ODR checking status?

While upgrading to libc++ 16, I discovered some ODR violations in our codebase that manifested as debug info errors with LTO. Compiler Explorer demonstrates a simplified example of what I was seeing, with debug info errors such as:

fragment covers entire variable
  call void @llvm.dbg.value(metadata i64 %2, metadata !29, metadata !DIExpression(DW_OP_LLVM_fragment, 0, 64)), !dbg !30
!29 = !DILocalVariable(name: "s", arg: 1, scope: !26, file: !27, line: 5, type: !19)
fragment is larger than or outside of variable
  call void @llvm.dbg.value(metadata i64 %3, metadata !29, metadata !DIExpression(DW_OP_LLVM_fragment, 64, 64)), !dbg !30
!29 = !DILocalVariable(name: "s", arg: 1, scope: !26, file: !27, line: 5, type: !19)
LLVM ERROR: Broken module found, compilation aborted!

There’s a couple of problems though:

  • The error message doesn’t give a good indication of the potential cause, and had it not been for @dblaikie’s comment on ⚙ D133661 [libc++] Improve binary size when using __transaction, I likely wouldn’t have been able to figure it out.
  • It’s not comprehensive. The ODR violations I found already existed, and libc++ 16 just happened to change things in a way that exposed them. I’m sure there’s more violations still lurking, and I want to find and fix all of them.

@pcc had proposed an ODR checker several years back, but I don’t think it was committed, and even the prototype code is inaccessible now, unfortunately. More recently, @MaskRay wrote a comprehensive blog post on ODR violation checking, in which he mentioned implementing a checker, but I don’t think that’s started yet either.

In the meantime, is there a good way to detect ODR type violations with Clang/LLVM/LLD? ASAN only appears to detect global variable violations. ODR hashing is really promising, but as far as I can tell it requires building with modules, and that’s going to be a substantial amount of work for us. GitHub - adobe/orc: ORC is a tool for finding violations of C++'s One Definition Rule on the OSX toolchain. is specific to OSX, whereas I’m targeting Android.

Sorry, yeah - I don’t think there’s any good solution to this at the moment.

FWIW, the prototype code for my ODR checker is still available here and here.


It will be nice if @pcc has time to rebase and possibly polish the patch series. I am very happy to review it or help if needed. I am going to be out for most of the next 4 weeks and will not spend much time on reviews.llvm.org, though :slight_smile:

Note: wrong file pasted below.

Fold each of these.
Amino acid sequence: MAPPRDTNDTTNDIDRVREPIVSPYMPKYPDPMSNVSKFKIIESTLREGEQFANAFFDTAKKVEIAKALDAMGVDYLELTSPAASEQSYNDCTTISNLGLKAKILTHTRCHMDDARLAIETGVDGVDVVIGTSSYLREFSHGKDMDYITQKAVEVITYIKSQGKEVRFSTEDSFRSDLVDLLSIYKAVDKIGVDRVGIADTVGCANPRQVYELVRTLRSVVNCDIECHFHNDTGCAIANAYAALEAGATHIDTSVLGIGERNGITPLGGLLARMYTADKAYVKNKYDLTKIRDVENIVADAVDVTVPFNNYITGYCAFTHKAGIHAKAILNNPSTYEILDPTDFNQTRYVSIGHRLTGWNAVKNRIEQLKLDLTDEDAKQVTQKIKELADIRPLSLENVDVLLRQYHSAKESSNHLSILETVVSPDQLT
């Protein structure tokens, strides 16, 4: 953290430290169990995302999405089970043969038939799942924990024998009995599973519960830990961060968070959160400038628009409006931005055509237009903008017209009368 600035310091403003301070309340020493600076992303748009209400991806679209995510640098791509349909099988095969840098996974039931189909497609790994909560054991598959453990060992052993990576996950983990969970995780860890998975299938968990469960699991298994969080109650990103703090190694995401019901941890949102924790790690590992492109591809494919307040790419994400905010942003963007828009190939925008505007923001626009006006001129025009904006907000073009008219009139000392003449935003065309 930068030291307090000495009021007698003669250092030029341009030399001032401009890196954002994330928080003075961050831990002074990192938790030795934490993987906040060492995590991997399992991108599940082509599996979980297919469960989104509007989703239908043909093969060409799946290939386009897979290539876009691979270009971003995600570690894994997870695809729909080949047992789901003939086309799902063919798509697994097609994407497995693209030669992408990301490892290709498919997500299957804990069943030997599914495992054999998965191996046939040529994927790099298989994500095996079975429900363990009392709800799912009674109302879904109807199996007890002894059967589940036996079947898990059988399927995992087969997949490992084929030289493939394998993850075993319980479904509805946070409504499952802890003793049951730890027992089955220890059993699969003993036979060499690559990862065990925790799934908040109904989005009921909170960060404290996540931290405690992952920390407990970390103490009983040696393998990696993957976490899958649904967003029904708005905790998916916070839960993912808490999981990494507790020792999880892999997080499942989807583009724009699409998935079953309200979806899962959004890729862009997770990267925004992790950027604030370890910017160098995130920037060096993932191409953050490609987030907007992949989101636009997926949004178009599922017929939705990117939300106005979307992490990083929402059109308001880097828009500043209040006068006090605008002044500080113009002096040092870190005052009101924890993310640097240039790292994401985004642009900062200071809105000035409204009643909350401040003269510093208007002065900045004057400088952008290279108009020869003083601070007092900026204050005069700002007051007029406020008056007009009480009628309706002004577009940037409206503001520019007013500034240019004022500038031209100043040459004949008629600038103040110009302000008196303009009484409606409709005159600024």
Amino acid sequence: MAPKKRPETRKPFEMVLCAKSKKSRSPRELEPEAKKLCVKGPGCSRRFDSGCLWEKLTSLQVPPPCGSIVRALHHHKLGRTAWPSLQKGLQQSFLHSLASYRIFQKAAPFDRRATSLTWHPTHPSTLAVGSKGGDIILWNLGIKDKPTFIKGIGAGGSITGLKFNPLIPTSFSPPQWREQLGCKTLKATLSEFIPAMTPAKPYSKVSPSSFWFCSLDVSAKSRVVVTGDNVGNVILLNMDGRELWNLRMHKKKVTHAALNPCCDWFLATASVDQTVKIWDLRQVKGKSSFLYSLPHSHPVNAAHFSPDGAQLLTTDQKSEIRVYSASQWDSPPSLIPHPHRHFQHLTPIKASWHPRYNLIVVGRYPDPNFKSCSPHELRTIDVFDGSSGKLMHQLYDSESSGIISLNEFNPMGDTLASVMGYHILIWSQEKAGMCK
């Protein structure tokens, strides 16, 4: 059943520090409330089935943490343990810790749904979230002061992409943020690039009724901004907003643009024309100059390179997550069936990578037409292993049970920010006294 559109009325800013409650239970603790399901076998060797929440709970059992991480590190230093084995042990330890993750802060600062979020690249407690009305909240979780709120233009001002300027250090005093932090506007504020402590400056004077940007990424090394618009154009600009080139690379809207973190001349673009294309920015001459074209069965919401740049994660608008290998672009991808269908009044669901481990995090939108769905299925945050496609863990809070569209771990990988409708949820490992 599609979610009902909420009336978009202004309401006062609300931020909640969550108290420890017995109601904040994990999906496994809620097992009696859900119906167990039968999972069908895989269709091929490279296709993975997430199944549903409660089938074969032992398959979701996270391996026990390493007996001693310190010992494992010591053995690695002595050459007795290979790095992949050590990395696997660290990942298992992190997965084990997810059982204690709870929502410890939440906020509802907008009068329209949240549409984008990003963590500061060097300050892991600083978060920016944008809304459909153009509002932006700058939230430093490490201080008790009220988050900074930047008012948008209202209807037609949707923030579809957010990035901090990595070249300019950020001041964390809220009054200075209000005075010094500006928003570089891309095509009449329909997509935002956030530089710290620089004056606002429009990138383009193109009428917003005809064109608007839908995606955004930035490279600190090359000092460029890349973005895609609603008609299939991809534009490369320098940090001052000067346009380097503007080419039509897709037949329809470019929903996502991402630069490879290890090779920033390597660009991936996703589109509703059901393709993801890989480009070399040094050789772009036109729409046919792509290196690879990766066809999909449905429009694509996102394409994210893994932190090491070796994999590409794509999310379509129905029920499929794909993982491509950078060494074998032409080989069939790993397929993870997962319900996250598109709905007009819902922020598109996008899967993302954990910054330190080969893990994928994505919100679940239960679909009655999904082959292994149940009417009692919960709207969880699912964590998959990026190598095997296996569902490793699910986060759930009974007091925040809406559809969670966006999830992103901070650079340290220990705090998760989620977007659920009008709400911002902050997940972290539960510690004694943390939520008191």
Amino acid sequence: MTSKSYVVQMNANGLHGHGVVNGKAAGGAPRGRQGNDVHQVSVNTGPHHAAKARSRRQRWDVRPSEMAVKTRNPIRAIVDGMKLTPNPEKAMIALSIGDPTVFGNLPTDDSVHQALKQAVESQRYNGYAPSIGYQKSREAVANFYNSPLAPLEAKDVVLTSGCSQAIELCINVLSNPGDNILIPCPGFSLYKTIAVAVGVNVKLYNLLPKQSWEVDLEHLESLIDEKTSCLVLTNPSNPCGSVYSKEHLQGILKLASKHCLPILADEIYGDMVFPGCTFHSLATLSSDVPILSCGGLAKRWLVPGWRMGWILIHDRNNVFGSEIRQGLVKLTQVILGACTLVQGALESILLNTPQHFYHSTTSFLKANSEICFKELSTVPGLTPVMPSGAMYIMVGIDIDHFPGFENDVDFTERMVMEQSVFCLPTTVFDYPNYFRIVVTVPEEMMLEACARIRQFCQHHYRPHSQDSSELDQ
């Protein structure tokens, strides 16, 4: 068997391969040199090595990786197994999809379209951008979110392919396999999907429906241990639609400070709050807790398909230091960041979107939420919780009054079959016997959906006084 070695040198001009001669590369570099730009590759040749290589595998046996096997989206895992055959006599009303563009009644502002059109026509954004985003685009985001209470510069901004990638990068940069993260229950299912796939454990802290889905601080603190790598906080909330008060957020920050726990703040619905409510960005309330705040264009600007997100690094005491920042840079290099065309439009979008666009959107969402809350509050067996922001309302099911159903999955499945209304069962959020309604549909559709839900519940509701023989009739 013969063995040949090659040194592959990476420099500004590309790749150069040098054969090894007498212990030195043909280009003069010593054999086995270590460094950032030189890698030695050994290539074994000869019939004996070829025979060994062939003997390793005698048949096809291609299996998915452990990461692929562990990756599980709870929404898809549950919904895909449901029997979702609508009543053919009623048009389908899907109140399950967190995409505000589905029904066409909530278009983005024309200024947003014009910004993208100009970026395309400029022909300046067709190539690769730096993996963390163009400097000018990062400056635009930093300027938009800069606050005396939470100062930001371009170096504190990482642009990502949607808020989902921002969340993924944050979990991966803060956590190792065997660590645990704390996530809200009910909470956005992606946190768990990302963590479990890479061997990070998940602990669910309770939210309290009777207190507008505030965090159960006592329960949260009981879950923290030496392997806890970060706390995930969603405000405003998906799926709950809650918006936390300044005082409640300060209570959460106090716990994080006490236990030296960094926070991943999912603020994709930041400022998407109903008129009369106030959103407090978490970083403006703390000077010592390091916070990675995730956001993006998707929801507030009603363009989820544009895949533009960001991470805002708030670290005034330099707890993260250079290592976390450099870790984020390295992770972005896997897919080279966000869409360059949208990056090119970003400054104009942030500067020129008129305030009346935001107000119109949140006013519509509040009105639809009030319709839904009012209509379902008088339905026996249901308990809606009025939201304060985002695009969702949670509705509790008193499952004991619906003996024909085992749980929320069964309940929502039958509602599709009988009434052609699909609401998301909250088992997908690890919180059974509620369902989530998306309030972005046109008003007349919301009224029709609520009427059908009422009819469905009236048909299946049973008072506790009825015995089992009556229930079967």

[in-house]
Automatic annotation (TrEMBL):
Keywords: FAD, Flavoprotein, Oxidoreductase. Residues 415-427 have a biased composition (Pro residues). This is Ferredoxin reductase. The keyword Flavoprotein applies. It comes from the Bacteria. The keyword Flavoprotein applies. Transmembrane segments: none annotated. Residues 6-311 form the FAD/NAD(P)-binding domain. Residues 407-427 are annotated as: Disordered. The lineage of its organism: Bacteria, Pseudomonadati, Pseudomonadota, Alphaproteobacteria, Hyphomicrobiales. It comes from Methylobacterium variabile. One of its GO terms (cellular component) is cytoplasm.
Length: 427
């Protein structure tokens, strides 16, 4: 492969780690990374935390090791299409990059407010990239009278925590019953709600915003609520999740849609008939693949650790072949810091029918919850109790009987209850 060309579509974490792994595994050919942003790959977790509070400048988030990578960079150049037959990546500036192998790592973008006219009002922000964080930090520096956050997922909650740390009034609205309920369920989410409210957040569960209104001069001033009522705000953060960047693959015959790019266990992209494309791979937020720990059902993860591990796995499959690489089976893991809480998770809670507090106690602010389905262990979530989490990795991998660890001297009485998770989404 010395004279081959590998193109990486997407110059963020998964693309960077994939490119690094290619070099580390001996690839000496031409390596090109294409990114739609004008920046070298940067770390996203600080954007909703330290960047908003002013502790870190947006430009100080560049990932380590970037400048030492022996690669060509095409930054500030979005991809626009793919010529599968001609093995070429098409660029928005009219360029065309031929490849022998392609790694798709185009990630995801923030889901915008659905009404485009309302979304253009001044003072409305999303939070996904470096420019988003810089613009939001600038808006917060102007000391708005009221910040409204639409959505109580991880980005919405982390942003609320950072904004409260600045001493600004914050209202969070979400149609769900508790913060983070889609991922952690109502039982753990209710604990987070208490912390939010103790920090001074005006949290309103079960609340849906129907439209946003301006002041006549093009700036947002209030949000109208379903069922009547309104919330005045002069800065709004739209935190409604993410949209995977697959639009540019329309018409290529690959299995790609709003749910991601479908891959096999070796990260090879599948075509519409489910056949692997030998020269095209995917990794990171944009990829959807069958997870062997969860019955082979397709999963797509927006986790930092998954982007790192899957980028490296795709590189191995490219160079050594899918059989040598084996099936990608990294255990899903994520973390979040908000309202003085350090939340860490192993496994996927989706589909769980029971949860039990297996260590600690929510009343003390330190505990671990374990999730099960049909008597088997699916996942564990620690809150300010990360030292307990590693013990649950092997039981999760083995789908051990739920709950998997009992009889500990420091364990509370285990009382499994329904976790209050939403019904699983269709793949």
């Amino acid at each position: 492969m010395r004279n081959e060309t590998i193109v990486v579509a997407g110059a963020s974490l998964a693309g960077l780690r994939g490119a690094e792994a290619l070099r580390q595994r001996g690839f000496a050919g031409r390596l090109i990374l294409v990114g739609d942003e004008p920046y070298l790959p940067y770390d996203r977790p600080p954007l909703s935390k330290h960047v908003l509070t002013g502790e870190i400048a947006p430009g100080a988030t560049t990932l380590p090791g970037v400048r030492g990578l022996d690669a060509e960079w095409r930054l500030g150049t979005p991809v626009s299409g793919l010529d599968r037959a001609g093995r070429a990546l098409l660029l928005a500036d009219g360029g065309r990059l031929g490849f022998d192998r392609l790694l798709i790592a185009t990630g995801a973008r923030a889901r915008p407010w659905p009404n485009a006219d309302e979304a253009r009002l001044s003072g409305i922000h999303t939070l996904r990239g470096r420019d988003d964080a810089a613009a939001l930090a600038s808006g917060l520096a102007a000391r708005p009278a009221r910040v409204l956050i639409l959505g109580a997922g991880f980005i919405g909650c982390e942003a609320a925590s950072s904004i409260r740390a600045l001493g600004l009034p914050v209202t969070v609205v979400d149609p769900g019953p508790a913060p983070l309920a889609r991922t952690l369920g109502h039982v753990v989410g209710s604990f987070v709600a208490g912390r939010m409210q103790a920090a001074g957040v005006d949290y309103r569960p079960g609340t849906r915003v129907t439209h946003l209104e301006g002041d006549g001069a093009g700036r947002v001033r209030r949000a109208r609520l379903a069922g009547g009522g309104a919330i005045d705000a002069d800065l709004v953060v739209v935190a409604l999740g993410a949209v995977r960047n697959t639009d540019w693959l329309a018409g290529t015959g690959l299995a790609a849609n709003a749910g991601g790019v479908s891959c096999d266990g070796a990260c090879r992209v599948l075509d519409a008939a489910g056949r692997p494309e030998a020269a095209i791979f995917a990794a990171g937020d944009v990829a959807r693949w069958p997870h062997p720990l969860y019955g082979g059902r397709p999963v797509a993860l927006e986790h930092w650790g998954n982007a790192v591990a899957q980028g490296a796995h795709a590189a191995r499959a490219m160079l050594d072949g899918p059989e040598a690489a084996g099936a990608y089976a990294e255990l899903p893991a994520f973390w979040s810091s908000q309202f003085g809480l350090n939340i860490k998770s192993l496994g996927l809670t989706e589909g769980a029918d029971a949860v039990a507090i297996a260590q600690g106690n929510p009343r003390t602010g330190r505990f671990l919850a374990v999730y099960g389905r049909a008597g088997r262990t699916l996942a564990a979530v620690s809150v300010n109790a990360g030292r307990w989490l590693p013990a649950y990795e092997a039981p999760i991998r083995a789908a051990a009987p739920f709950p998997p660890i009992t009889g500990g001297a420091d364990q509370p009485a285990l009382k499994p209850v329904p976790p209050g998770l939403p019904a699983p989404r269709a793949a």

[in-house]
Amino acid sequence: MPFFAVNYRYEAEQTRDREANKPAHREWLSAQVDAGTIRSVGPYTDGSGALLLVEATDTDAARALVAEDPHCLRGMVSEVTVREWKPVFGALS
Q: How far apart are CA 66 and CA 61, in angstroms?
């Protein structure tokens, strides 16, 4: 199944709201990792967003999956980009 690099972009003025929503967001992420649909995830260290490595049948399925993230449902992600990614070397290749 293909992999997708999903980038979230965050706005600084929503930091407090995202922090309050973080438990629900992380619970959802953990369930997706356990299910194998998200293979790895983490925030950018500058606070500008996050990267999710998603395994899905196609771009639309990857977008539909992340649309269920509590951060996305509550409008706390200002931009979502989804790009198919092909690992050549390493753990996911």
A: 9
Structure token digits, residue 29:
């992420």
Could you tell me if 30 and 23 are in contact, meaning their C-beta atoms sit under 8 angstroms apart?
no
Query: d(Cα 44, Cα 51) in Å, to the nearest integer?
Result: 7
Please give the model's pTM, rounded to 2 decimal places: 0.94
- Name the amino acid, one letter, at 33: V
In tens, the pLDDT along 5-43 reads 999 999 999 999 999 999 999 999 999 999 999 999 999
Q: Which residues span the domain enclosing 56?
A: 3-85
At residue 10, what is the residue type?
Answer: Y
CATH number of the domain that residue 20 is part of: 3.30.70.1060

FWIW I think the way to go is to have different mangling for different libc++ configurations. That should fix any ODR violations within libc++ w.r.t. exceptions, and have only any ODR violations in user code if they compile with -fno-exceptions/-fexceptions combinations. This way everybody should be able to fix them, and libc++ doesn’t have to worry about it.

Forgot to mention in my original post, but this particular instance was a result of mixing TUs compiled with -std=c++14 and -std=c++17, not an exceptions/no-exceptions mix.

That’s interesting. I’m not aware of any struct that are different depending on language version. Do you know where exactly the problem occurred?

I was building with libc++'s unstable ABI, and the type in question was reverse_iterator<reverse_iterator<Foo *>>. I ran into exactly the same problem as Removing an empty base class can break ABI – Arthur O'Dwyer – Stuff mostly about C++, where the type ended up as 16 bytes in the C++ 14 TU and 8 bytes in the C++17 TU (where iterator was removed as a base class because I was building with the unstable ABI).

I’m looking into this again after we had yet another ODR-related issue. I’m going over @pcc’s patches for his ODR checker prototype. If I’m reading hook up clang, in principle · pcc/llvm-project-old@2ac70b2 · GitHub correctly, we’re only emitting ODR table entries for CXXRecord decls, i.e. structs and classes. Is that correct, and if so, would there be anything preventing us from checking function versions as well? IIUC ODR hashing can be computed for those as well. The issue we ran into was caused by mismatched inline functions across TUs, hence my interest in that.

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@pcc seems to be OOO for 4 weeks and presumably may be slow to respond.

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